3. Phil Austin as Vice President Charlie Rodriguez from Olympus Has Fallen 

Another Rodriguez Vice President: weird, right? And man, this guy got it bad in Olympus Has Fallen. In that film, when North Korean terrorists stormed the White House and took the President, V.P., Secretary of Defense, and a slew of other political heavyweights hostage, it was up to one man to save the day. Luckily for everyone, that man happened to be the king of fucking Sparta, and maybe the most outstanding secret service agent of all time, Mike Banning (Gerard Butler). As Banning worked his way through the White House, picking off the offending invaders one-by-one, the terrorists moved closer to their goal of obtaining three security codes to arm a device that would detonate every nuke on U.S. soil. One of the three codes was held by Vice President Charlie Rodriguez (Phil Austin), who only gave up his digits when directly ordered to by the president. This unwavering loyalty was impressive, and all the more tragic when the lead terrorist straight-up executed poor Charlie to punish Speaker of the House (and acting president) Alan Trumball (Morgan Freeman) for an attempted Navy S.E.A.L. infiltration. And speaking of Trumball, the guy got a considerable career bump in the sequel to Olympus Has Fallen, leading us to…

2. Morgan Freeman as Vice President Alan Trumball from London Has Fallen 

Talk about a political record! Trumball (Freeman) not only organized the defense of Washington and the protection of the Executive Branch when promoted from Speaker to President in Olympus Has Fallen, he went on to do pretty much all he same things, and somehow even more effectively, years later as Vice President in London Has Fallen. Once again the burden of the presidency was thrust upon Trumball when the Commander in Chief fell into peril, and once again, the man handled things like a bull moose boss. Trumball coordinated with British intelligence whilst also directing the efforts of the #1 king shit secret service agent of all time, Mike Banning (Butler), to again help save the day. Without his efforts, Banning wouldn’t have had the intel or the inter-agency support needed to protect, and later, recover the president. For the purposes of this ranking, Trumball edged out his predecessor not only because he survived the film, but also because Morgan Freeman is the superior actor (sorry, Phil). He also went full baller-mode at the end of the film when he used that soothing, Morgan Freeman narration voice to play-by-play the bad guy’s demise. If he’d been under a little more pressure, he might just have beat out the list’s final entrant, the all-time #1 vice president in movie history…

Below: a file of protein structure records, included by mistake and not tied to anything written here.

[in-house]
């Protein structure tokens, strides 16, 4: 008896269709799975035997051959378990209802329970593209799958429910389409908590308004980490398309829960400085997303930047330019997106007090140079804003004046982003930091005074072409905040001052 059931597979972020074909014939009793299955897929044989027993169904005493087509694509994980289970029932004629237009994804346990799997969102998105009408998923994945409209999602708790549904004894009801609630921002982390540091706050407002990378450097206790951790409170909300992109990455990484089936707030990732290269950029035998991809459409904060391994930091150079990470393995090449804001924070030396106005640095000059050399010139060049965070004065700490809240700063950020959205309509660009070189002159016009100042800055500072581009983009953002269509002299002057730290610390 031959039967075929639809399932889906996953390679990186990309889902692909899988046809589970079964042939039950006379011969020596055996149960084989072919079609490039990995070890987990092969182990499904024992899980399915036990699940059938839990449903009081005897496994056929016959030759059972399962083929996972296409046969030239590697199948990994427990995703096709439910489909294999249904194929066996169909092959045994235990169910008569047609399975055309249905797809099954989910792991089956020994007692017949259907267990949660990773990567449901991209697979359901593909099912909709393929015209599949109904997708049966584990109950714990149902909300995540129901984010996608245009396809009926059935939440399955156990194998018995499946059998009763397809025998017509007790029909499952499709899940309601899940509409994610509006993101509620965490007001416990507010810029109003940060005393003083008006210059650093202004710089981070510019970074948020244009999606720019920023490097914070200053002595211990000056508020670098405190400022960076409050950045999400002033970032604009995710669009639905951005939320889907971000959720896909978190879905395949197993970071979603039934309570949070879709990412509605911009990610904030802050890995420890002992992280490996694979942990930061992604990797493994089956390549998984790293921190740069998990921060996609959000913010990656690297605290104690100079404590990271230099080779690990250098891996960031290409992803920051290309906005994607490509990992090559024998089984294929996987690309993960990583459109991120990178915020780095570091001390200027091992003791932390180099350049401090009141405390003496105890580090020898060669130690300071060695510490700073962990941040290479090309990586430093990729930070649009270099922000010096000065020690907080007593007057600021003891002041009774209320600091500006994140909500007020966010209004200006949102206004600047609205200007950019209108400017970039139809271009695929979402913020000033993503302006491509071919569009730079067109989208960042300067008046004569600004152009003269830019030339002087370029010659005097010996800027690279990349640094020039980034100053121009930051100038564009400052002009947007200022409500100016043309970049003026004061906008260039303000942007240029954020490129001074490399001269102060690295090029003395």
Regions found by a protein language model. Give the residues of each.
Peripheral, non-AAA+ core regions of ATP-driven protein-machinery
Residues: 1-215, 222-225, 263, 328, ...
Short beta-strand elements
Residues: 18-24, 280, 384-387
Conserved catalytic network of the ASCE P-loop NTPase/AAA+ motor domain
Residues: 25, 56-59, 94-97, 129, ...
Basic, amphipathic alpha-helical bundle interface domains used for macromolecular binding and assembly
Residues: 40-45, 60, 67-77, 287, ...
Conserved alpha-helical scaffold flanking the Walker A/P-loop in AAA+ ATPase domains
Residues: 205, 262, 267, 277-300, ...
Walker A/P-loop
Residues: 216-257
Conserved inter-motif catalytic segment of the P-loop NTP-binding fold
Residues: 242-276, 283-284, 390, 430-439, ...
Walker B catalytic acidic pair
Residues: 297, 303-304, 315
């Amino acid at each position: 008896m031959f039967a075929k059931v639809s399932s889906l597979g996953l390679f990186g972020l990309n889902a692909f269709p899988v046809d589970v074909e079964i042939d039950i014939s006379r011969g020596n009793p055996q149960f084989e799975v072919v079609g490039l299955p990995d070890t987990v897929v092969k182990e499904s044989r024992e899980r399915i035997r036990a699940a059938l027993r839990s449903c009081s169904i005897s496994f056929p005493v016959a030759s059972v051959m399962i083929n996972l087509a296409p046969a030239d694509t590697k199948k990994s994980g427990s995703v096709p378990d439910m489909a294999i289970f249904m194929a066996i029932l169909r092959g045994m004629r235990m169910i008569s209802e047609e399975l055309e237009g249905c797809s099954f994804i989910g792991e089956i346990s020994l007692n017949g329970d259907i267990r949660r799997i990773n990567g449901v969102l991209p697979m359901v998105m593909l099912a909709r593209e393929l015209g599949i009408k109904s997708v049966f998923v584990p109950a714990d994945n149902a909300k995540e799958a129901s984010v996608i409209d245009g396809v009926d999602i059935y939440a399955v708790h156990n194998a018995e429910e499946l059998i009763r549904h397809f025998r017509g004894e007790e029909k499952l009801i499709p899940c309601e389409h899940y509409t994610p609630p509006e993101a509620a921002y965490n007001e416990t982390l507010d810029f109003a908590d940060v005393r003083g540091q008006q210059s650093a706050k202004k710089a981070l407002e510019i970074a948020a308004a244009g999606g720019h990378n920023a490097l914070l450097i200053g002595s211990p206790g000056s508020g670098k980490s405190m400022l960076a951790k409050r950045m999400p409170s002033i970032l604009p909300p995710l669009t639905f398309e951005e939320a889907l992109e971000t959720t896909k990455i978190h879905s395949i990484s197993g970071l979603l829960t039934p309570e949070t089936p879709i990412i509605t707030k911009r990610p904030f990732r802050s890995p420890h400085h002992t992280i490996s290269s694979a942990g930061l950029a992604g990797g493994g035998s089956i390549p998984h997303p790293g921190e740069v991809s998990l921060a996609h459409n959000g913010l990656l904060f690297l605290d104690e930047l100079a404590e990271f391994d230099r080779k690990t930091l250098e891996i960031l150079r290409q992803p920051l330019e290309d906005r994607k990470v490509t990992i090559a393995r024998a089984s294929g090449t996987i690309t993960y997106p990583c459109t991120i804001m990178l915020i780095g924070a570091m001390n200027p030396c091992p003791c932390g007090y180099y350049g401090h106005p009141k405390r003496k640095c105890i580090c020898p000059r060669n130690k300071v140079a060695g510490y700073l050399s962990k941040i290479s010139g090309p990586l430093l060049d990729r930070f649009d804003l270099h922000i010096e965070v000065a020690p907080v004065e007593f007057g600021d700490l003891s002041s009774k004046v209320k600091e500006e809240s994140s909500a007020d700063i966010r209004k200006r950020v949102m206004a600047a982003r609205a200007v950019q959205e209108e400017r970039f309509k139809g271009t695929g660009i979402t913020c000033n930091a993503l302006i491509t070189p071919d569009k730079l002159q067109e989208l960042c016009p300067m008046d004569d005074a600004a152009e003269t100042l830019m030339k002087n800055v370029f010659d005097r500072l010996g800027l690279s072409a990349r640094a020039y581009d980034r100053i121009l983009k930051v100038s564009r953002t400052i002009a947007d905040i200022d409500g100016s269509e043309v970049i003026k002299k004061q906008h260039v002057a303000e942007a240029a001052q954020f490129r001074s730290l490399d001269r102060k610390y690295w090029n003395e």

1. Glenn Close as Vice President Kathryn Bennett from Air Force One 

Come to the table with a more level-headed, intelligent, tough vice president in film, I dare you. In Air Force One, terrorists stormed the plane of President James Marshall (Harrison Ford), and took the first family and several cabinet members hostage. Although they thought that Marshall got away in an escape pod, he actually stowed away and went all Die Hard on their asses, mid-flight. Back home, the surviving cabinet members and Vice President Bennett (Glenn Close) gathered to discuss options, key amongst them the activation of the 25th Amendment, which would have declared the president incapacitated, and therefore unable to submit to any terrorist demands. In other words, all Bennett had to do was admit that her boss was not an indestructible war machine capable of single-handedly confronting and defeating a highly-armed and well-motivated group of terrorists. True to her boss, and despite all the pressure from the Defense Secretary and Attorney General, Bennett held firm, and allowed for her president to get shit done and save the day. Without Bennett, the bad guys would have won, and the president, his family, and a handful of patriots would have surely died. The combination of superb acting with a meaningful, impactful character who fought for the right side put this one over the top and into the #1 spot, where the ass-kickingest vice president in movie history belongs.

“Obvious Child” is the debut novel of Warren Cantrell, a film and music critic based out of Seattle, Washington. Mr. Cantrell has covered the Sundance and Seattle International Film Festivals, and provides regular dispatches for Scene-Stealers and The Playlist. Warren holds a B.A. and M.A. in History, and his hobbies include bourbon drinking, novel writing, and full-contact kickboxing.